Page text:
He shows good promise on this play, showcasing some power to drive his man off the line on a combo block and then peeling off to pick up a block at the second level:
Again, he can struggle with quickness though, as he does here:
James has had some success in short yardage situations when setting the edge or driving his man off the line, but is again less effective when required to block on the move:
Although James is strong at the point of attack, he still has room to improve there. He initially controls his block well on the outside here, but then fails to sustain it once the runner bounces outside:
Here's an example of him badly lunging into a block and losing his balance so his man can get around him and in on the tackle. Again, this points to the fact that he can anchor and play with a wide base, but doesn't look as comfortable in space or on the move:
James had five penalties last season, including two against LSU (a hold and a false start). Prior to that he had no penalties in his junior year and only two at Texas.
James hasn't made any meaningful contributions on special teams and you can probably only expect him to contribute as a blocker on the placekicking unit.
Despite many personnel changes on the line at Auburn, James didn't seem to blow many assignments. However, he showed an inability to deal with a stunt earlier on in his career:
Before he transferred, there were reports that James was unavailable due to academic issues, but it's unclear whether that was anything significant.
James picked up a reputation for having a questionable work ethic while at Texas. He apparently had a habit of skipping workouts and didn't work as hard as he could have to earn a role there.
On his arrival at Auburn, he admits he struggled to keep up in workouts, but he seems to have dedicated himself more in his senior year and hopefully improved his conditioning and maturity.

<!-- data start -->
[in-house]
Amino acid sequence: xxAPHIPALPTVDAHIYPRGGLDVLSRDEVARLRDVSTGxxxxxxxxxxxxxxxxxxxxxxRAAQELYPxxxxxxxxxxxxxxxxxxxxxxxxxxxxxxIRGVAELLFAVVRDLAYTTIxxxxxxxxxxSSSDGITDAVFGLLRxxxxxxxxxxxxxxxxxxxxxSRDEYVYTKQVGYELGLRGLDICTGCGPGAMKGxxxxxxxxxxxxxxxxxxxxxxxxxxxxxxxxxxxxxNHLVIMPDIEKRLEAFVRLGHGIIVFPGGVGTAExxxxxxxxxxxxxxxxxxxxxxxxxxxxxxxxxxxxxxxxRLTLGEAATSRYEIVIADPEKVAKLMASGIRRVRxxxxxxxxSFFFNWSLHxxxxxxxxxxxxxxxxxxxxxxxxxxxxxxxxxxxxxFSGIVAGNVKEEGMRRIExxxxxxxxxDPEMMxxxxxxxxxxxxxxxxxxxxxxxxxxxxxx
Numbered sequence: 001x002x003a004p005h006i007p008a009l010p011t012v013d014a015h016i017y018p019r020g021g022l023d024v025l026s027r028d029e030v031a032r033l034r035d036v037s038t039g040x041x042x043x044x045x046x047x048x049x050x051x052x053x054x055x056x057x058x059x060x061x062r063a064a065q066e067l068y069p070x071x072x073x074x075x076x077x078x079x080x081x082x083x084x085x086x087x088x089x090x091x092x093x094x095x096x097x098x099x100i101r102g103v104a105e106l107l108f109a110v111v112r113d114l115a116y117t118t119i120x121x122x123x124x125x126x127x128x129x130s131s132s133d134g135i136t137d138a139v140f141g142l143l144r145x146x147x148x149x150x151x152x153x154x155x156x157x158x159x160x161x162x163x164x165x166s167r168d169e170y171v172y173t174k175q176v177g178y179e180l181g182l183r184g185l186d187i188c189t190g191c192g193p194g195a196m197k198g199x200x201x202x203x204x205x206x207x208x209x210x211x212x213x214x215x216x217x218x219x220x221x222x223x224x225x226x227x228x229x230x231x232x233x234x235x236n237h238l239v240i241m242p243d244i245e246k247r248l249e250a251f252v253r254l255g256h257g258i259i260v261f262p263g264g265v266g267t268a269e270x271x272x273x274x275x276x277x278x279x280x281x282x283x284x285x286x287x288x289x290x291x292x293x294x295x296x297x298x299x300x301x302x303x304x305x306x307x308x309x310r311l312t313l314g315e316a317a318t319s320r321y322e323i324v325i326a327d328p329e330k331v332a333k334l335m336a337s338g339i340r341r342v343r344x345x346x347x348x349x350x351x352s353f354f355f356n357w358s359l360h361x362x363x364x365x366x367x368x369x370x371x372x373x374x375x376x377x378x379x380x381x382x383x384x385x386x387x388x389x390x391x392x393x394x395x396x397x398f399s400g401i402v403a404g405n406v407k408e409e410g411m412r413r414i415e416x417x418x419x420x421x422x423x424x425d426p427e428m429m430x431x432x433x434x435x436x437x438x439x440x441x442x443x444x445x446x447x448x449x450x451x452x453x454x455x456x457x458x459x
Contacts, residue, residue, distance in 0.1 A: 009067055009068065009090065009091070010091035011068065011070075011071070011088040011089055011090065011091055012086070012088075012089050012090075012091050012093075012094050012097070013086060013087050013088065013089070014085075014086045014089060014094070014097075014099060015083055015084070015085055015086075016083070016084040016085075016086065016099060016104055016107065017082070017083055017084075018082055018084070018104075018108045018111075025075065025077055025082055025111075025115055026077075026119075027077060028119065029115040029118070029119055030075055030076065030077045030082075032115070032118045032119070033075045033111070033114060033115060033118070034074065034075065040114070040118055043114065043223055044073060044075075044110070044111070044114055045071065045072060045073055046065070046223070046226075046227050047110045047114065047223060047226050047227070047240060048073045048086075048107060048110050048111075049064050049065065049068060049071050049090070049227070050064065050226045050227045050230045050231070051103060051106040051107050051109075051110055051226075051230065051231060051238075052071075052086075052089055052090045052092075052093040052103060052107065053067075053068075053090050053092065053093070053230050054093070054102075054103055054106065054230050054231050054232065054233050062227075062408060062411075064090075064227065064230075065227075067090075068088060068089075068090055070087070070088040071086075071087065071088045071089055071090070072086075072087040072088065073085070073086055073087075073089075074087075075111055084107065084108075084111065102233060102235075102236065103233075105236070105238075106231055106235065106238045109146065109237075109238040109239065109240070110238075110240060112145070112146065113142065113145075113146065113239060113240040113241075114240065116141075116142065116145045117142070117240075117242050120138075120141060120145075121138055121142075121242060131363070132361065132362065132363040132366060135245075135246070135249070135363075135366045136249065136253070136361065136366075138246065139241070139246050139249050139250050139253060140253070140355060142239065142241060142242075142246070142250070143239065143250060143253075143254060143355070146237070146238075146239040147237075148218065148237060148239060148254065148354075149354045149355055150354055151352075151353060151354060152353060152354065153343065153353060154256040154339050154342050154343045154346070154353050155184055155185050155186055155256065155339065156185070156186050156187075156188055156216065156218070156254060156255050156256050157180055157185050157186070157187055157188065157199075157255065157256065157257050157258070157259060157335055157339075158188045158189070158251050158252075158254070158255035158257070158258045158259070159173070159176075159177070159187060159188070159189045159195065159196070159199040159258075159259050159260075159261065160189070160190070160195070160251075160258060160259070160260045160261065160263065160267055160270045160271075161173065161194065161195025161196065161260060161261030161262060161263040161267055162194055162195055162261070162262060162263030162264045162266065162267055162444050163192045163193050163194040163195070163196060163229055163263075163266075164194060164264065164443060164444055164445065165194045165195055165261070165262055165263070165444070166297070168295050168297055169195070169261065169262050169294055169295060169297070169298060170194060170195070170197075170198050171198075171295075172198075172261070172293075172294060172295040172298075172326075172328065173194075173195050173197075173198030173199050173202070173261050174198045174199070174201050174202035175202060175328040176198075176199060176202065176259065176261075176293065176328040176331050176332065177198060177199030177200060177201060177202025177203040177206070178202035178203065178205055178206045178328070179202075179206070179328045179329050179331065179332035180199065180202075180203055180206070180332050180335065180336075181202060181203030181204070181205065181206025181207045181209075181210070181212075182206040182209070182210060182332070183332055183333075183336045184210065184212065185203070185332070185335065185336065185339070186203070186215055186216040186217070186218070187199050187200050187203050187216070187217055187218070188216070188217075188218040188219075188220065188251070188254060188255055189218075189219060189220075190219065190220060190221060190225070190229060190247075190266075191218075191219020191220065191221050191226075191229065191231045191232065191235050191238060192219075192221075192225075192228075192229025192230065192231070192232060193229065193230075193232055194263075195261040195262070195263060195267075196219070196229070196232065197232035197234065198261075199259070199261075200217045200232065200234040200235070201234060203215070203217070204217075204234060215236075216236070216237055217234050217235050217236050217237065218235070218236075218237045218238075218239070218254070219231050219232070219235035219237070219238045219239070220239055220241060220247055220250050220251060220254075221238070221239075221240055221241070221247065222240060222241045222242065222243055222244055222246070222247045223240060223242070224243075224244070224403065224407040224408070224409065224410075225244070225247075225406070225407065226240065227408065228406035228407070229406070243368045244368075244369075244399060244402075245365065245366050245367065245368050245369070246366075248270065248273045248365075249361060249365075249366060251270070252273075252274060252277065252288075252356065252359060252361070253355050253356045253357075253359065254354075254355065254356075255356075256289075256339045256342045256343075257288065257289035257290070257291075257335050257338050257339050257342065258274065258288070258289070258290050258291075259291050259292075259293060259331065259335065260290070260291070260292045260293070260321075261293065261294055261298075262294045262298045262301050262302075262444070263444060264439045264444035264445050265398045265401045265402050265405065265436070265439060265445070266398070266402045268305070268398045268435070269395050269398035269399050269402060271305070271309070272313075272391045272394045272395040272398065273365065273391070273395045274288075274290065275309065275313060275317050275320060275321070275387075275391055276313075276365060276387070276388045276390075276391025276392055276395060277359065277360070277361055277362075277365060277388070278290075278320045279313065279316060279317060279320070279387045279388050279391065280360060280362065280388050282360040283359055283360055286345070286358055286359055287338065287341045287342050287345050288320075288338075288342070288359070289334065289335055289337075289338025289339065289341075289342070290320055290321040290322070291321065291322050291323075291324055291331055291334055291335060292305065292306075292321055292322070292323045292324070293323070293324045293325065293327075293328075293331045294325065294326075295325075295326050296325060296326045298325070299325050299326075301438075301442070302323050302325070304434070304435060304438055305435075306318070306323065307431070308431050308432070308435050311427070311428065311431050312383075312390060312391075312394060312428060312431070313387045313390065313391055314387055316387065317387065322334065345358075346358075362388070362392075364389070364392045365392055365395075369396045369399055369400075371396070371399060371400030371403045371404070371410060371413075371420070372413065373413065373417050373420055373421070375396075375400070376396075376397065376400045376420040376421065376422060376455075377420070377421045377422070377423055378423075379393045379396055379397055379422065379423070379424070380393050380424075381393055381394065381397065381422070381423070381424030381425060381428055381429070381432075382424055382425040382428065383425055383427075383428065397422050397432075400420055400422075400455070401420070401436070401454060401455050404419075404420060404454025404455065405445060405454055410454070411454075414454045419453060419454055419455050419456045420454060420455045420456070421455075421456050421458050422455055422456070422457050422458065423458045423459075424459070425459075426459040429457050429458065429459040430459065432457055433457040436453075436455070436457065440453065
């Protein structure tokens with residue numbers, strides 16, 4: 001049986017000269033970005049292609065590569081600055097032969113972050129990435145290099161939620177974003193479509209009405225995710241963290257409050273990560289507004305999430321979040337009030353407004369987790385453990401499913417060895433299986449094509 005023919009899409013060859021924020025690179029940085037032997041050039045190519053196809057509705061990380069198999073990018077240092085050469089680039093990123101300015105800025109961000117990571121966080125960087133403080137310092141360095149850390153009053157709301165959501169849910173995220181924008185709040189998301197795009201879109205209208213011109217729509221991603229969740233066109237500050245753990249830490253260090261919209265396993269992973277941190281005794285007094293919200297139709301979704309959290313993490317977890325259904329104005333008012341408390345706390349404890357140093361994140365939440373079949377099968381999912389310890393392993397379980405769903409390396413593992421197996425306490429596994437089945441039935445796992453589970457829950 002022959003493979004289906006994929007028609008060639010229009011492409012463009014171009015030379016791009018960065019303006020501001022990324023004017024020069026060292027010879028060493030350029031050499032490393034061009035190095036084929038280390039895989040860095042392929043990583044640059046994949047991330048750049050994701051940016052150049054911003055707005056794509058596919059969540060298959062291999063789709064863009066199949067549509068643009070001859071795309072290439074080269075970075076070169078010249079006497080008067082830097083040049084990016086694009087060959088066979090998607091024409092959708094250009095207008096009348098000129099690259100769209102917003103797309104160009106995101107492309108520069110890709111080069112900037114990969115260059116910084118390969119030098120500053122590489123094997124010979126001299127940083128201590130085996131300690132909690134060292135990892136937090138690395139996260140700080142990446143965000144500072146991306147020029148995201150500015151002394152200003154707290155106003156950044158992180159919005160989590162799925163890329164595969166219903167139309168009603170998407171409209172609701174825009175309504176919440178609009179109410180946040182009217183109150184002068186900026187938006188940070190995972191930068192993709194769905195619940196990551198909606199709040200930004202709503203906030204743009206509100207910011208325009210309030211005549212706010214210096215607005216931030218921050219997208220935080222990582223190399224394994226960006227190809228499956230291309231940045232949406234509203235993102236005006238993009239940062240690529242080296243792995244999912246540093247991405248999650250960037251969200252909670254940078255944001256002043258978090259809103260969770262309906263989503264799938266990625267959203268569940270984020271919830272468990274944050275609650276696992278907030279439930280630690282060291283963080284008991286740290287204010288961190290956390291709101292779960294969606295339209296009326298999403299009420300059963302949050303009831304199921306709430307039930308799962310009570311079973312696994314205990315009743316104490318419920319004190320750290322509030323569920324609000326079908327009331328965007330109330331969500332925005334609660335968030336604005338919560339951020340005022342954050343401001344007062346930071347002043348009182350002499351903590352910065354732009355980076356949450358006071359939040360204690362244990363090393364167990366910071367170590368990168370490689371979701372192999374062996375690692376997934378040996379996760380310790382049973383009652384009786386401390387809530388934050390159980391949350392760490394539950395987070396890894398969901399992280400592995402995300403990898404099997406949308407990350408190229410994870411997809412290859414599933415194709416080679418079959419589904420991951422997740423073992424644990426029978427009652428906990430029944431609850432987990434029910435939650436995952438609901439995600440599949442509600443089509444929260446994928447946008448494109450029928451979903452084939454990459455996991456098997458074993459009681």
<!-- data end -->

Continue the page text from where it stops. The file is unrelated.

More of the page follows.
James made his return from his ACL injury in 2014, but it's unclear whether that has compromised him in any way physically. Prior to attending college, he'd missed time due to breaking each foot in separate incidents.
Last year, he suffered a scary neck injury where he was stretchered off on a board, but fortunately that did not prove serious.
Scouting reports indicate that James might be better suited to a power running scheme. However, Auburn did have some zone blocking plays in their playbook.
His teammate, Austin Golson, was also signed as an undrafted free agent, although James is actually rooming with the other undrafted rookie lineman, Dakoda Shepley. (Note: On the gif above where James peels off the combo block, it's Golson that he initially helps out on the double team).
Elite high school prospects who underachieved at the college level seem to fascinate Mike Maccagnan, so it's not surprising to see them take a look at a player like James.
He's obviously an imposing physical specimen with some rawness to his game, but he'll have to improve upon his athletic ability to have a chance of succeeding at the pro level.
James will look to show enough potential over the course of the preseason for the Jets - or perhaps another team - to carry him on their practice squad and continue to develop him.